THE United Nations nuclear watchdog chief is increasing the pressure on Iran over suspicions it has researched how to build an atomic bomb – calling for immediate access to a key military site.

Signalling frustration at the lack of progress, Yukiya Amano told the 35-nation board negotiations with Iran must "proceed with a sense of urgency" and be focused on achieving concrete results soon.

Because Iran is not providing the necessary co-operation with inspectors, the International Atomic Energy Agency (IAEA) "cannot conclude all nuclear material in Iran is in peaceful activities", said Mr Amano, the watchdog's director-general.

His message that Iran must act now was also echoed by the United States and Saudi Arabia. They said separate but related talks between Tehran and world powers on a wider diplomatic solution to the nuclear dispute could not go on indefinitely.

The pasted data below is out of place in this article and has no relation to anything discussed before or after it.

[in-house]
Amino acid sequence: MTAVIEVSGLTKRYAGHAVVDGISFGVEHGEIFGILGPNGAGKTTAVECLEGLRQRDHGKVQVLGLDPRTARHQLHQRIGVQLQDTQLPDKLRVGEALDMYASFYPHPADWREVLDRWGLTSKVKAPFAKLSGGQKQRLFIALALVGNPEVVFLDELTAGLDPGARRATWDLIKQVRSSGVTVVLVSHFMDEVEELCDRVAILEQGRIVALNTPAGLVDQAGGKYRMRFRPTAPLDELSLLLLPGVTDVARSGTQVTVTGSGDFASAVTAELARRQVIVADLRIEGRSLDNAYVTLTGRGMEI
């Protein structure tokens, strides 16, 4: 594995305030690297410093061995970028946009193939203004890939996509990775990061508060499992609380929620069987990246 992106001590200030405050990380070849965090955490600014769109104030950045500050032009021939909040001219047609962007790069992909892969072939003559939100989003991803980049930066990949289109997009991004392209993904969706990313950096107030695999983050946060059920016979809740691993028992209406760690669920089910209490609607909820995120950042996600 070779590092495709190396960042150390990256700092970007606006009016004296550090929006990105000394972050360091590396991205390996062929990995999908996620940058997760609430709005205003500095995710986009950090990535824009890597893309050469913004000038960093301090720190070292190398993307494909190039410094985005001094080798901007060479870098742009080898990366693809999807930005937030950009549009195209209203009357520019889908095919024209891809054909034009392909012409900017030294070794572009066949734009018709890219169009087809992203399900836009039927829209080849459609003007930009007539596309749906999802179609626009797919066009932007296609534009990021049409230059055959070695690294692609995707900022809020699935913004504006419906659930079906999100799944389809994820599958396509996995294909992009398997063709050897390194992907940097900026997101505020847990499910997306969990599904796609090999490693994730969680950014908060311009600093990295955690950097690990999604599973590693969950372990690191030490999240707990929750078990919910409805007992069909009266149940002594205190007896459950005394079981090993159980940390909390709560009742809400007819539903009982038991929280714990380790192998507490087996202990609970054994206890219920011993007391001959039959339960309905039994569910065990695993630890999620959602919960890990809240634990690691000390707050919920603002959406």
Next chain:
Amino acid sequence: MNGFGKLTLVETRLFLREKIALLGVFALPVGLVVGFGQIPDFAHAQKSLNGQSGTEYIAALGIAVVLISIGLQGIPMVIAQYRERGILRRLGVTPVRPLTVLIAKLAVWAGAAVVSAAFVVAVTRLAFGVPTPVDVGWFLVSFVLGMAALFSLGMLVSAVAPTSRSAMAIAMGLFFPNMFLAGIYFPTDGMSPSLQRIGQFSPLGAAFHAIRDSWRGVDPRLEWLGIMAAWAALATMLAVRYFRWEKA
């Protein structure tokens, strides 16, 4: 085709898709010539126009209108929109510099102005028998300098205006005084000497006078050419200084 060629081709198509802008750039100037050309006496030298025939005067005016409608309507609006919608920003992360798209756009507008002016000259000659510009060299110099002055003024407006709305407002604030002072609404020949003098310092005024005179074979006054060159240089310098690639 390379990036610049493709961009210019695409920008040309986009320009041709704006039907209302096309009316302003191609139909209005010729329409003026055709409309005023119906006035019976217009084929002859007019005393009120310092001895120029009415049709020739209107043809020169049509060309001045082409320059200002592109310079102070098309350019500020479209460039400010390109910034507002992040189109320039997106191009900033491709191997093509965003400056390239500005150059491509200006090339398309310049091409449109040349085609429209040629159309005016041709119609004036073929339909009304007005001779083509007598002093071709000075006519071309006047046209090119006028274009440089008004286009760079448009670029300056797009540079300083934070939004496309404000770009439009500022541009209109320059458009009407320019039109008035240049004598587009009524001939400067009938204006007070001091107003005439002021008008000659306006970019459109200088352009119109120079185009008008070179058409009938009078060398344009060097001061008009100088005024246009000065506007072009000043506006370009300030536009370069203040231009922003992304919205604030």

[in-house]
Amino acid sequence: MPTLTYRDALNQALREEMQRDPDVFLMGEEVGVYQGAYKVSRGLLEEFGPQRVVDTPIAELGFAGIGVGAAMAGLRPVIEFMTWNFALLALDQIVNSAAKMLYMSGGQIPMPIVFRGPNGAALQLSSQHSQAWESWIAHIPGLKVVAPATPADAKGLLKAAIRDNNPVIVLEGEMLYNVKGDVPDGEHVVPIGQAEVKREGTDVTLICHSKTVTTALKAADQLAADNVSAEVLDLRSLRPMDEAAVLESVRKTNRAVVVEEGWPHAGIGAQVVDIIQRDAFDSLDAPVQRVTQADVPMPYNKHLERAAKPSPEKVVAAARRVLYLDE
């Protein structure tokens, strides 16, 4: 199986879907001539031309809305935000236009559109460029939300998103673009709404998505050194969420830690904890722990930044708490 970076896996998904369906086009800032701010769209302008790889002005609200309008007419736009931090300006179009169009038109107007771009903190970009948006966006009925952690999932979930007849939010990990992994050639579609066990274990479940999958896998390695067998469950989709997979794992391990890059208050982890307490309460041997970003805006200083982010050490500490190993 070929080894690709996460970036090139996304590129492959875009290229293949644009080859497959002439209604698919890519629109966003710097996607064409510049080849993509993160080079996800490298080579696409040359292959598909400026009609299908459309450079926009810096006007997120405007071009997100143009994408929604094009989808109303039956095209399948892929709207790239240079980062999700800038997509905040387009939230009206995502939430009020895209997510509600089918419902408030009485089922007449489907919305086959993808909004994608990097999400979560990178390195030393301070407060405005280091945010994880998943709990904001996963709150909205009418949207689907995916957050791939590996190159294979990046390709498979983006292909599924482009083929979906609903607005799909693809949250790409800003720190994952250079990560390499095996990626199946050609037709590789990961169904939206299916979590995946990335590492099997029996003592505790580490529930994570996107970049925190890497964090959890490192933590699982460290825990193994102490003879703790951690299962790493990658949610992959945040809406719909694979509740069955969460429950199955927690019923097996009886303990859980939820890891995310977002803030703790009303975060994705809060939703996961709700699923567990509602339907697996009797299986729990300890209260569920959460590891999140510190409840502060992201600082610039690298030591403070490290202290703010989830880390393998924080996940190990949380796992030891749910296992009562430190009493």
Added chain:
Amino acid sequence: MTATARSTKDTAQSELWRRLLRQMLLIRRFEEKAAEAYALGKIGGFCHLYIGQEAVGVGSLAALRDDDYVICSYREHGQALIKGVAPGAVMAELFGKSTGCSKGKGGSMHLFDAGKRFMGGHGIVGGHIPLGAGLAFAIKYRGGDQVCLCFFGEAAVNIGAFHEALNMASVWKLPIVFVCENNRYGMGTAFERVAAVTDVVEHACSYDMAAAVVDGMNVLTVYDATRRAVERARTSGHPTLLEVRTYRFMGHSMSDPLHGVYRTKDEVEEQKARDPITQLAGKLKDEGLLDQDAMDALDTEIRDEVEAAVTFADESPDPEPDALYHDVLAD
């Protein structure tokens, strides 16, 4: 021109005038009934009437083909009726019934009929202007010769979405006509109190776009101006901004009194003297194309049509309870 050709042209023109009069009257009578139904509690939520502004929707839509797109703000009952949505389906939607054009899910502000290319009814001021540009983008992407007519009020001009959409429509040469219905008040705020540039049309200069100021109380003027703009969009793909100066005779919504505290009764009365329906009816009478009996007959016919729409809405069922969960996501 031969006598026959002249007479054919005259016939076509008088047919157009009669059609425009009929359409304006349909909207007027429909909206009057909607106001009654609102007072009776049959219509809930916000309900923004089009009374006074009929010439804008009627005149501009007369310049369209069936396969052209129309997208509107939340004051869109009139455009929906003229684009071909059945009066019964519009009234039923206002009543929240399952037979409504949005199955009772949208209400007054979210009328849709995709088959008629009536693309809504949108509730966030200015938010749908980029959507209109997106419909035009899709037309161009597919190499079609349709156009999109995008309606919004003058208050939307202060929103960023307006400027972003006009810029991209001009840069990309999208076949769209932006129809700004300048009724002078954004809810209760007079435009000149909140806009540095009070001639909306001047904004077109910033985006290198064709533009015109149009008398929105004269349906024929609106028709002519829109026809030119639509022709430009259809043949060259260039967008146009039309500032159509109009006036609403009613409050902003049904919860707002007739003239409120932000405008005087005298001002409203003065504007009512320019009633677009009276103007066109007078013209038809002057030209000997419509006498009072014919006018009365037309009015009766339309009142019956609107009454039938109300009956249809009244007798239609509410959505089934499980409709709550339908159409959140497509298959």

Israel, Iran's arch-enemy and convinced Tehran is secretly trying to develop a nuclear weapon, has grown impatient with the protracted talks and has threatened a pre-emptive strike against Tehran.

"There is a finite amount of time," United States Secretary of State John Kerry said while in Riyadh.

Iran was upbeat last week after talks with world powers in Kazakhstan about its nuclear work ended with an agreement to meet again. However,Western officials said it had yet to take concrete steps to ease their fears about its atomic ambitions.

The US, China, France, Russia, Britain and Ger-many offered modest relief from economic sanctions in return for Iran scaling back its most sensitive nuclear activity, but made it clear they expected no immediate breakthrough.

The IAEA has been trying separately for more than a year to persuade Iran to co-operate with a long-stalled agency investigation into suspected nuclear weapons research by Tehran, which denies any such activity.